The opposite point of view says the government knows exactly what is happening. The USA has its corporations profiting vastly and unaccountably in Iraq and Afghanistan at cost to their taxpayers. The UK, having been told that no way is it going to get a share of this action (remember BP started in Iraq), has, by some bizarre coincidence, entered into schemes which likewise cost their taxpayers vast and unaccountable sums, such as PFI and IT contracts. It could be argued that in both cases the vast debts from these government arrangements produce results which were either unnecessary or could have been achieved at less cost differently. (The UK example would require an understanding of the specific accounting rules of the IMF).
Except that is is not really coincidence. It is a way for the central banks (which supposedly stump up the money for governments to be able to pay for things) and their private operators to ensure massive recurrent revenues for the future, in the US from interest, in the UK from renting hospitals back and paying for their "management".
Dated ....Past Sell By Date
"Not quite as good as Chisolm and Loves 20 odd million though" If they are of any value to Qinetiq that will be Qinetiq Funding to Spend on Employee Programs/Inward and Onward In-House Investment. I try not to think of Carpetbaggers...that is just so Harold Robbins kitsch.
Business types running rings round Whitehalls politico's & mandarins ?
In the article you wrote:
"Three other executives are specifically named by the NAO: Graham Love, Hal Kruth and Brenda Jones, who made £20m, £13m and £11m respectively."
These three joined QinetiQ in 2001. Would it be unfair to assume that the civil service types they replaced might have been uncomfortable with setting themselves up for such a gargantuan windfall ?
Their leader, Sir John Chisholm, also has a business background, and was brought in by the MoD in 1991 to consolidate their research organisations, and ended up running the lot.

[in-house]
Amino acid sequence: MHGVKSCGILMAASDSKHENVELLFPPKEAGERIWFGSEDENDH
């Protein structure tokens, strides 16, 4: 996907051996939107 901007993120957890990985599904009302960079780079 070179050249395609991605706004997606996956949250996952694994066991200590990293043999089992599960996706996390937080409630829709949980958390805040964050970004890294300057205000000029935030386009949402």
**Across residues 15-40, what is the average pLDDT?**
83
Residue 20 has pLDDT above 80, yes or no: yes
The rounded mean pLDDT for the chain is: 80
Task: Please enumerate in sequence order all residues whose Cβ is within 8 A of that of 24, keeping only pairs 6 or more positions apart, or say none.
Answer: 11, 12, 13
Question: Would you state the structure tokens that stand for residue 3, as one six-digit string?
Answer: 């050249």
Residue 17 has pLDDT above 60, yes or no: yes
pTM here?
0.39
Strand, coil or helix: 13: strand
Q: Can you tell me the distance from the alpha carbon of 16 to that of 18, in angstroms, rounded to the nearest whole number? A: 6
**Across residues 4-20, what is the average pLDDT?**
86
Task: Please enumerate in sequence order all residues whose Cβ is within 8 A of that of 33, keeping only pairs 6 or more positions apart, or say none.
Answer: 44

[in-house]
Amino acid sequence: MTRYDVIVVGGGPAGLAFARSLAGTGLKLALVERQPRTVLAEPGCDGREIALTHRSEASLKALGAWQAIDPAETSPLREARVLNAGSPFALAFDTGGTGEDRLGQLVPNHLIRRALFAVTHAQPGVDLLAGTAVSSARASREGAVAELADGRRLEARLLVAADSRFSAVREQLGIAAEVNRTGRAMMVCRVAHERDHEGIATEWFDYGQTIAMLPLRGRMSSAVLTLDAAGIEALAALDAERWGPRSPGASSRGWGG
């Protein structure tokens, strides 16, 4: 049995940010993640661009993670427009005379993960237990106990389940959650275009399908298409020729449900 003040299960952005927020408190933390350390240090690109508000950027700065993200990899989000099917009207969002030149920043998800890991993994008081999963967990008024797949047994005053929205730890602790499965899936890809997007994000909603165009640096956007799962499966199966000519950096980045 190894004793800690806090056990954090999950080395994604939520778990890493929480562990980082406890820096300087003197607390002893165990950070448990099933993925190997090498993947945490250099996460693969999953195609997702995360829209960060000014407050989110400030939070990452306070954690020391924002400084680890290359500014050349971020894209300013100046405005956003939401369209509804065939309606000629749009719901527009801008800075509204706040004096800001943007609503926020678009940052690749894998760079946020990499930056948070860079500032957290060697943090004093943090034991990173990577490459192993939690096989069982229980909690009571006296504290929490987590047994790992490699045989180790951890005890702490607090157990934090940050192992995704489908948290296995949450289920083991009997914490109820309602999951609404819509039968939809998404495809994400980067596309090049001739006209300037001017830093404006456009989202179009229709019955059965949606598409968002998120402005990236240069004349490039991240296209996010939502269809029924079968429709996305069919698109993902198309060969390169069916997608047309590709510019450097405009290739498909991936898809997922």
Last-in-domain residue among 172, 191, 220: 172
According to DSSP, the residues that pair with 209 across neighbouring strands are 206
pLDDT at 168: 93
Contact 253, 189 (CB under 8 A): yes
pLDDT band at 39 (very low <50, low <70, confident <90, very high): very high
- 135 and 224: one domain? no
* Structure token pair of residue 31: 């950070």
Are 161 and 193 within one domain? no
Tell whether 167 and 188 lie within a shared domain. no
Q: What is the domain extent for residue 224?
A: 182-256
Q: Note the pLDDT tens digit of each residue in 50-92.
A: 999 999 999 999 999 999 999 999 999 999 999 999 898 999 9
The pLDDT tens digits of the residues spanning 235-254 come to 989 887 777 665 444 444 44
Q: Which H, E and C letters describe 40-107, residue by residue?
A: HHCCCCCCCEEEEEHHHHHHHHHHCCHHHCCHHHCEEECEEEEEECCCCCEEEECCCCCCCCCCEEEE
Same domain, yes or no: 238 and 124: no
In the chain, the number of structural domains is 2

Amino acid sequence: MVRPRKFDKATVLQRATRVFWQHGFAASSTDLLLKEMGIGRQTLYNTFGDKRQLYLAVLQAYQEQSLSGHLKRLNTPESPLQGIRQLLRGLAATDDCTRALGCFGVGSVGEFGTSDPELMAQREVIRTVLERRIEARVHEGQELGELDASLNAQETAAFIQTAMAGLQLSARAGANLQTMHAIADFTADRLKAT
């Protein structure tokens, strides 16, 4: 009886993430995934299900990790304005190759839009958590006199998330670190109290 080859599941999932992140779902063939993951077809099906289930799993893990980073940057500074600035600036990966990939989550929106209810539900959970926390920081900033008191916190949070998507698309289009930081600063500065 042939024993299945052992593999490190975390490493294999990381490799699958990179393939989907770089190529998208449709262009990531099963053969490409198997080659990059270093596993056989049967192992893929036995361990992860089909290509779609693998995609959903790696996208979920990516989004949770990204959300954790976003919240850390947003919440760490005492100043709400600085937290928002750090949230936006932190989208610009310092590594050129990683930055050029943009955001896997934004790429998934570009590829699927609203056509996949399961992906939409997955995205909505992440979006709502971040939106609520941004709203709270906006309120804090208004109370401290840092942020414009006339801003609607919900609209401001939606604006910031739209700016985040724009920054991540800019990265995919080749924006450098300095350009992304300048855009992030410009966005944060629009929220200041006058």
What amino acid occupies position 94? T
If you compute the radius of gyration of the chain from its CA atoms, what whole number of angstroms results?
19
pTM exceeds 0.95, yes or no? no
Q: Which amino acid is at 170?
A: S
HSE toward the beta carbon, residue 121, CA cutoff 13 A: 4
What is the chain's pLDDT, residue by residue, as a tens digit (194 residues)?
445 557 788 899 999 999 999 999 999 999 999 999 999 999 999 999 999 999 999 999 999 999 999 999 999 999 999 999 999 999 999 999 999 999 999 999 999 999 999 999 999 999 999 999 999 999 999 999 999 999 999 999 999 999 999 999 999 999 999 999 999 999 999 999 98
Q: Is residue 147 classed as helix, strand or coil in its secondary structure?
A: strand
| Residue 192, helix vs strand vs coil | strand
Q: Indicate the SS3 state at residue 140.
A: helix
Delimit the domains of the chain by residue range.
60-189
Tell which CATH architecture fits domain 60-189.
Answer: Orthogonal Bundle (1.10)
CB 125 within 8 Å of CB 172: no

Speaking on Radio 4's Today programme this morning, Lord Gilbert said that Chisholm had misled him with regard to the possible benefits accruing to senior management following the privatisation. At the time Lord Gilbert was the minister at the MoD responsible for this matter. He presumably remains a relatively poor man.
These were the relative returns on investment:
Top ten - 200 fold growth (4.0 % of the shares)
Next 245 managers - 145 fold growth (3.1 % of the shares)
Staff 8000+? - 9 fold growth (3.4 % of the shares)
Why was it deemed reasonable that the top ten managers needed to be "Incentivised" at over twenty times the rate of incentivising the staff? In the outside corporate world, when staff, management and directors are awarded share incentives, they are usually at the same price discount at any one time, and the relative importance of the people being rewarded is accounted for in the number of shares made available to them. However in this case, QinetiQ's top management awarded themselves shares in large quantites, which would possibly be fair enough, but then they really gilded the lily by charging themselves less than a twentieth the price per share that the rank and file had to pay !!! A moral crime of the first order.